Rainmaker weather system to drench parts of NZ

A sub-tropical weather system which has recently caused flooding in New South Wales is forecast to bring a wet week to northern and central New Zealand.

A rainmaker weather system is forecast to move in from the Tasman Sea on Tuesday bringing a trough of low pressure to northern and central parts of the country.

The trough is expected to move north on Wednesday with the Far North bearing the brunt of the rain before the system retreats south on Thursday bringing with it potential for heavy rainfall.

Southern parts of the country are expected to miss the worst of the system, with sunshine and showers forecast before strong westerlies turn to cold southerlies later in the week.

MetService Meteorologist Peter Little said heavy rain brought by the system could lead to flooding in some areas.

"Periods of rain and gales are likely over northern and central New Zealand this week as a rainmaker moves eastwards across the Tasman Sea.

"Heavy rain is possible in northern and western regions, which has the potential to cause flooding. People should stay up to date with their forecasts and potential severe weather warnings."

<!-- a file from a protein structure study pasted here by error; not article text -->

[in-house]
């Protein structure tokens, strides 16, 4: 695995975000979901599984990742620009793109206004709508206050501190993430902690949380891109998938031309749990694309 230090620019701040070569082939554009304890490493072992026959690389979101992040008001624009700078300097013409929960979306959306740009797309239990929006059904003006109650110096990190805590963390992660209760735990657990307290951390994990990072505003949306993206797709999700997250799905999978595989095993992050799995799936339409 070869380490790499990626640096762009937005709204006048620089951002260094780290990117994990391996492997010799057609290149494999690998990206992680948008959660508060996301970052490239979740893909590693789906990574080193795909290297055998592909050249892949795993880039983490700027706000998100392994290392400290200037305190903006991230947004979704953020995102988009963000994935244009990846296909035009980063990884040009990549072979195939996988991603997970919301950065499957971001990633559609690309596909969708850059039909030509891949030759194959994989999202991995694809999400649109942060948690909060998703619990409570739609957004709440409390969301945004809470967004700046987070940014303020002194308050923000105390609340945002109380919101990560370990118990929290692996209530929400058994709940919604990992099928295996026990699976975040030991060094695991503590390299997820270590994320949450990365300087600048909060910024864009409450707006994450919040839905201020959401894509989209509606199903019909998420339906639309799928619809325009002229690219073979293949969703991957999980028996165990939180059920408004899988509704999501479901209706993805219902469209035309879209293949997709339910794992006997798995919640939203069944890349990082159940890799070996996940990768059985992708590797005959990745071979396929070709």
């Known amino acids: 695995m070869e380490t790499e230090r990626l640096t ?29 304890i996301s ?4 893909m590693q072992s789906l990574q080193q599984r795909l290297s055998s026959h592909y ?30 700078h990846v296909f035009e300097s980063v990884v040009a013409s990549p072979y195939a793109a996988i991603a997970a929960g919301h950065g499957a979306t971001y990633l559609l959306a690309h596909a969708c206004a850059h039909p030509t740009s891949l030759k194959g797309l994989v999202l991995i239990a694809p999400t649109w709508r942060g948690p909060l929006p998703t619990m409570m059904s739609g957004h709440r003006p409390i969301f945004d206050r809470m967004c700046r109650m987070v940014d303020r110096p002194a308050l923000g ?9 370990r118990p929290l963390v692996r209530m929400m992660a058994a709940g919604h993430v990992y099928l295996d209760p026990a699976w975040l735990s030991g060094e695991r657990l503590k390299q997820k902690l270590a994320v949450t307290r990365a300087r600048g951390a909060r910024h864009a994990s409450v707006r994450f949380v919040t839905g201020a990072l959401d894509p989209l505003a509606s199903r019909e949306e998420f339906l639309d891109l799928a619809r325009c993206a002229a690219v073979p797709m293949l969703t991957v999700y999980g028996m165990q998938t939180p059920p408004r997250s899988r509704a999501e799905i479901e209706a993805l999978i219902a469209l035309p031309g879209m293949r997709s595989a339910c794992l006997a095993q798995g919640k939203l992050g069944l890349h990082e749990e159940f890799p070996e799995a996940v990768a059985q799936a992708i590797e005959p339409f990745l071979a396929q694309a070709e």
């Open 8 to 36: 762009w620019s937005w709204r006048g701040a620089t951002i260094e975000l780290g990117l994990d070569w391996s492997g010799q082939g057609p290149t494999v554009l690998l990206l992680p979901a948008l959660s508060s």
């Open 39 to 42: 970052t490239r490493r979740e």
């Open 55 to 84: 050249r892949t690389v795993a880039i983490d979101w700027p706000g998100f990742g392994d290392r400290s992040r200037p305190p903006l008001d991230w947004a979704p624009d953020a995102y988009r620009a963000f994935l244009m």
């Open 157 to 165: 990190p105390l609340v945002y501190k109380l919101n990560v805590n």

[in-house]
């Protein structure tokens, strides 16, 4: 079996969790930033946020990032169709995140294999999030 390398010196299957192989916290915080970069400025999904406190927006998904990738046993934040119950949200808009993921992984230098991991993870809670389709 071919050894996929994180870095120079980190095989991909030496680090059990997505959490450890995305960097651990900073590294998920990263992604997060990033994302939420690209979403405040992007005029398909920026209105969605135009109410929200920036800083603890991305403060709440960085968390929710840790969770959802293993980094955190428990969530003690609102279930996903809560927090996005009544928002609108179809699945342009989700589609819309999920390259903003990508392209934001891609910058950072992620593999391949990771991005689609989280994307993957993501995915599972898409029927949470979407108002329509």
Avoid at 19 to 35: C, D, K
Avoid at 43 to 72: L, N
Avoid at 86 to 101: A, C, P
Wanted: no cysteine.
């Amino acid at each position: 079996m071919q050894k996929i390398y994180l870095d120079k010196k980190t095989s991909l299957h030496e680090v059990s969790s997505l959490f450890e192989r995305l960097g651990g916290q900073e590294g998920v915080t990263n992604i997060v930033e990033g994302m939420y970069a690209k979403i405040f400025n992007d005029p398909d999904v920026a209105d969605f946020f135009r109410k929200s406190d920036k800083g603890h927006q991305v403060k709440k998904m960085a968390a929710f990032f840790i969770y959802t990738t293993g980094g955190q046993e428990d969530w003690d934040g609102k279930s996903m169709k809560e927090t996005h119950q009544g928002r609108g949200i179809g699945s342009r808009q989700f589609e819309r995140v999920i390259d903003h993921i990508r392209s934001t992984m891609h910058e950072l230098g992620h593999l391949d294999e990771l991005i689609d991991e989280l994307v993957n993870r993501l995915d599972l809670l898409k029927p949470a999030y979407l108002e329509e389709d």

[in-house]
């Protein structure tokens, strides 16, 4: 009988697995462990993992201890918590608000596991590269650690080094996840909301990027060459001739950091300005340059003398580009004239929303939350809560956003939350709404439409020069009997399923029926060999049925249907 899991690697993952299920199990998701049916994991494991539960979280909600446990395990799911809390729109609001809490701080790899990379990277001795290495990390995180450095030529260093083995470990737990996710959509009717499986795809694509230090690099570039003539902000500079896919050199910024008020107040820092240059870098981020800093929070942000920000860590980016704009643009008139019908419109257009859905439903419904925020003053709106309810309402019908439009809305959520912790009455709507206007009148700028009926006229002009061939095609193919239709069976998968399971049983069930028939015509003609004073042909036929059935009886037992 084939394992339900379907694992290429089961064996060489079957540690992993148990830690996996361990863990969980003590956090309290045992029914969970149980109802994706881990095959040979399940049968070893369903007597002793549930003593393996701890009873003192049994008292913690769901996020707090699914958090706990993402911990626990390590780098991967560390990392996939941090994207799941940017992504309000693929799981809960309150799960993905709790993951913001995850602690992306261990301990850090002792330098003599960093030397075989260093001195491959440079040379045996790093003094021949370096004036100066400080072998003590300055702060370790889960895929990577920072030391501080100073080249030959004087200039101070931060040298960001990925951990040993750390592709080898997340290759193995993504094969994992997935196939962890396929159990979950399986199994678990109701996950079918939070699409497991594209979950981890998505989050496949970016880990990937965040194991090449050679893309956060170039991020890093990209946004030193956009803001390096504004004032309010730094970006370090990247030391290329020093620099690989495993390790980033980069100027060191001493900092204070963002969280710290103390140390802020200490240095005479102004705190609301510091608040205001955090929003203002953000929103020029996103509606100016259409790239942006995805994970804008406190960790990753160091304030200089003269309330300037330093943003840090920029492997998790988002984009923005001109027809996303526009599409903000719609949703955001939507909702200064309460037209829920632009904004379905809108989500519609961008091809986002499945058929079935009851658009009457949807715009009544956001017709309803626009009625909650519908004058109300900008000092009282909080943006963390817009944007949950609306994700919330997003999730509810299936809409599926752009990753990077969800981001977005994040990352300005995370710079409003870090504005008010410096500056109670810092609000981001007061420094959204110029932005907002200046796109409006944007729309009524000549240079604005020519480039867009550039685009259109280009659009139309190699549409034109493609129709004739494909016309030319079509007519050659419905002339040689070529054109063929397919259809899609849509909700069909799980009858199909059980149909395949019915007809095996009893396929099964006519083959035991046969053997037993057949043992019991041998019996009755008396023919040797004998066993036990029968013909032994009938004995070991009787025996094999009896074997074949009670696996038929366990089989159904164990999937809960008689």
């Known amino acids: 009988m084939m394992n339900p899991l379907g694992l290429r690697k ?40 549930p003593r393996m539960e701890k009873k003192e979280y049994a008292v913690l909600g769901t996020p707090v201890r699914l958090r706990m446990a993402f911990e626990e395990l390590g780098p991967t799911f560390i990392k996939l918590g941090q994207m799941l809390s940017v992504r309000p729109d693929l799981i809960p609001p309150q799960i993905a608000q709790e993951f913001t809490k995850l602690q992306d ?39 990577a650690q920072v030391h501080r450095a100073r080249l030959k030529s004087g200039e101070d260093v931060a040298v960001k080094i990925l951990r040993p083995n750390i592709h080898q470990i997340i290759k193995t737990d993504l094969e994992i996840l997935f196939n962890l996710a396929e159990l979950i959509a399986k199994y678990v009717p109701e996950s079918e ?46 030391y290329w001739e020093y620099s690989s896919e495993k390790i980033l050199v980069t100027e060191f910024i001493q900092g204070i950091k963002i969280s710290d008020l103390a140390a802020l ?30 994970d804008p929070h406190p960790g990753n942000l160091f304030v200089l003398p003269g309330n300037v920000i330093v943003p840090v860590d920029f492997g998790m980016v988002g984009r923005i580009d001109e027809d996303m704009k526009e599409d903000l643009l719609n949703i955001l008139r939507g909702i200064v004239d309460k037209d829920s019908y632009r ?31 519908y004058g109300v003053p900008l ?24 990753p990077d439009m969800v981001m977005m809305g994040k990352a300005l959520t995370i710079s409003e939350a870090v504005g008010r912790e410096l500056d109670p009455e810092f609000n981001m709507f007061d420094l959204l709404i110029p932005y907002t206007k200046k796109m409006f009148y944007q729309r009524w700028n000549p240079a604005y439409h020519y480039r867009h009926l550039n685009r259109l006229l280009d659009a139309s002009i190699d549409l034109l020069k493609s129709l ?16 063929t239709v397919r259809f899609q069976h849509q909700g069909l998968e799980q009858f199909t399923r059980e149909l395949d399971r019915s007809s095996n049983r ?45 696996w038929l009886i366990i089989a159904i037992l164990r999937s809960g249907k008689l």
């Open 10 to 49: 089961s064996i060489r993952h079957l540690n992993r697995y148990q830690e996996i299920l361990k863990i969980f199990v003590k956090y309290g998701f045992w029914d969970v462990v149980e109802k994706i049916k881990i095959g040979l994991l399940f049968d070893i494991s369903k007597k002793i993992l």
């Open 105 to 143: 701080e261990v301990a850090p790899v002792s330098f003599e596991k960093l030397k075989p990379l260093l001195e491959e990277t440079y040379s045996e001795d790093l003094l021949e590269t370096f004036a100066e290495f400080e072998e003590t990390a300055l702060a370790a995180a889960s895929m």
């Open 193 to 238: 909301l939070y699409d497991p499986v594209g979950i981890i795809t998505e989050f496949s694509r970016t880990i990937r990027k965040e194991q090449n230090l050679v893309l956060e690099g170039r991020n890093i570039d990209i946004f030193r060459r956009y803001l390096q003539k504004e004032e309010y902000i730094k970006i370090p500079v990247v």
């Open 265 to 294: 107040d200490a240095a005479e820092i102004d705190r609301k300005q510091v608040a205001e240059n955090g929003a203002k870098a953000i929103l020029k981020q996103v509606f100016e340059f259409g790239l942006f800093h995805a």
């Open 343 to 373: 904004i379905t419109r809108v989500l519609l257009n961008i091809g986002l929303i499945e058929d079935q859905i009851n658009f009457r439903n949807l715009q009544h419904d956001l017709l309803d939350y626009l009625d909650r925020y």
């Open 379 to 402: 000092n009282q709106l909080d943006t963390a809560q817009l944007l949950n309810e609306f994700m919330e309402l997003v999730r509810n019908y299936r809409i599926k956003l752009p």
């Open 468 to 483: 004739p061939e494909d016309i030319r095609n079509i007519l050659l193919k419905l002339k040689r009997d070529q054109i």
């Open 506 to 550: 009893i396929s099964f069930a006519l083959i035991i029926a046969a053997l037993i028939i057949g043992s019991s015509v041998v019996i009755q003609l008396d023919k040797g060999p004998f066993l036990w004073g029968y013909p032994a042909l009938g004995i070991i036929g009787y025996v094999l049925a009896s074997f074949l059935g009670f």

He said the arrival of the nasty weather is expected to be signalled by the presence of high cloud, and the weather system is forecast to stick around until Saturday.

Little said the sub-tropical system was expected to cause significant variability in temperatures across the country.

"There will be a large spread in temperatures from north to south by the end of the week. On Friday maximum temperatures in the low twenties are forecast for northern parts of the country being affected by the sub-tropical weather system, while single digit highs will be common over the southern half of the South Island," Little said.

Meanwhile, skifields in Canterbury will welcome another snow dump as the sub-tropical system collides with a cold front, leading to significant snowfall in inland parts of Canterbury and the Kaikōura Ranges on Friday.

The forecast snowfall could have an impact on families travelling around the South Island for the start of the July school holidays, Little said.

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